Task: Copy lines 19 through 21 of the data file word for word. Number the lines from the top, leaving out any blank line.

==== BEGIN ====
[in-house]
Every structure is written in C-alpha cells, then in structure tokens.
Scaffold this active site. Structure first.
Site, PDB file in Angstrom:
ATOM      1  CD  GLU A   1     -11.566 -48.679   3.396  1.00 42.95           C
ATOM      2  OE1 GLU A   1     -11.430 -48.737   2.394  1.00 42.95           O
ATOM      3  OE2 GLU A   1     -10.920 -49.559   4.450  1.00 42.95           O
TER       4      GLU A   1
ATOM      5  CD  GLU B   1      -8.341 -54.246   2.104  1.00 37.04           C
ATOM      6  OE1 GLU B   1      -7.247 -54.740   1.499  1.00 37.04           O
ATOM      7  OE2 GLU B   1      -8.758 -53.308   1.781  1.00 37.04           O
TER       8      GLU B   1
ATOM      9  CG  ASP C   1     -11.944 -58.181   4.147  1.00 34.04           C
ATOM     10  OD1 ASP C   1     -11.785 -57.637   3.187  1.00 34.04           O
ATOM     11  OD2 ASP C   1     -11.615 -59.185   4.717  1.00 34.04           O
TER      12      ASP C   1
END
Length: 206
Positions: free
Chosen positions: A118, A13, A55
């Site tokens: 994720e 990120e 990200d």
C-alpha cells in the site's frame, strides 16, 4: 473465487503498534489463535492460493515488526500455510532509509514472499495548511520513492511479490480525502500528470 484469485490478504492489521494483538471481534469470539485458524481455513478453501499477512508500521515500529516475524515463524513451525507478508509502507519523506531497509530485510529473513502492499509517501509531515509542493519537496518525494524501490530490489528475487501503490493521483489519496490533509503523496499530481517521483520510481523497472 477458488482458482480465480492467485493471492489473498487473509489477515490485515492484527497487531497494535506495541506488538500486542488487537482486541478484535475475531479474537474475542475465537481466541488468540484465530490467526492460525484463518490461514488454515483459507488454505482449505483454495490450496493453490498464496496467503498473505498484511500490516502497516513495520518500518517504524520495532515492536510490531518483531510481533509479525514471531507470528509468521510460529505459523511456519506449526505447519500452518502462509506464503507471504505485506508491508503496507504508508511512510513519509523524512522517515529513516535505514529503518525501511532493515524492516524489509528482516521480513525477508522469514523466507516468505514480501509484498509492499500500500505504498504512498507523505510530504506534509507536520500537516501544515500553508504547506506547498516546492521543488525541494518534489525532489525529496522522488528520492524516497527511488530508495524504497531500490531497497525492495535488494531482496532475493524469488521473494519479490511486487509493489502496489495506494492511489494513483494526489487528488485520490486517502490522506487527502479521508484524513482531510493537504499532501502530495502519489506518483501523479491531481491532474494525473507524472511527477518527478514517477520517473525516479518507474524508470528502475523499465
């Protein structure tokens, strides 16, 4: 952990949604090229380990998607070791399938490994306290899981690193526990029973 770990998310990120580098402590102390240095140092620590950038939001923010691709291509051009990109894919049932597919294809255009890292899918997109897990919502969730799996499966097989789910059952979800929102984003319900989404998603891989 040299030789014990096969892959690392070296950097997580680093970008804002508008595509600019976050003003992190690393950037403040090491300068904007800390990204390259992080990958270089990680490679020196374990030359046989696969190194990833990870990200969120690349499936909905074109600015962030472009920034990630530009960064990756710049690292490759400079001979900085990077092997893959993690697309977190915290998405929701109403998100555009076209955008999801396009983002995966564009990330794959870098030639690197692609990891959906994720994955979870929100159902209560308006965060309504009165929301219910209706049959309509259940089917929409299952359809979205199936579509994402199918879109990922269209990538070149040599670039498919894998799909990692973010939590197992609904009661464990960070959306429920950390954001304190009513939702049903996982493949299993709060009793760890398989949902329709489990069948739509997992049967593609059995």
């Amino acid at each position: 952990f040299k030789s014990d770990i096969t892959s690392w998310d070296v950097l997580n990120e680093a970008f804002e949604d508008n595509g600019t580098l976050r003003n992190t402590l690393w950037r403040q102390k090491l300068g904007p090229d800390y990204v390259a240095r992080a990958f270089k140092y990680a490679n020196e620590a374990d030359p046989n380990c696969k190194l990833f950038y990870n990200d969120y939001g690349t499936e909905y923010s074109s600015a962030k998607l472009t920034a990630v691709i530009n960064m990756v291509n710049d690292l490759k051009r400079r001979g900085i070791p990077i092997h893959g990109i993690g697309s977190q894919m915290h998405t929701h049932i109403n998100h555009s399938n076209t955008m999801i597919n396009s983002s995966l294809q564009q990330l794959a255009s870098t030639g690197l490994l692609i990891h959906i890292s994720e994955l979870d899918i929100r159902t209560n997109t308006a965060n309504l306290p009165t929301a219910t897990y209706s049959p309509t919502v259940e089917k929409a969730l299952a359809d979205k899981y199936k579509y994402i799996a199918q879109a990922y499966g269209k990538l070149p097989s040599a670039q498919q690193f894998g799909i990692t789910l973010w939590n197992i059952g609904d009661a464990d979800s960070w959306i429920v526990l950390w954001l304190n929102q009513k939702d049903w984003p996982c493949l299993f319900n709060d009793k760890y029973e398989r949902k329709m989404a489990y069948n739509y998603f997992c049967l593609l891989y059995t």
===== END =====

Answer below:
Positions: free
Chosen positions: A118, A13, A55
């Site tokens: 994720e 990120e 990200d």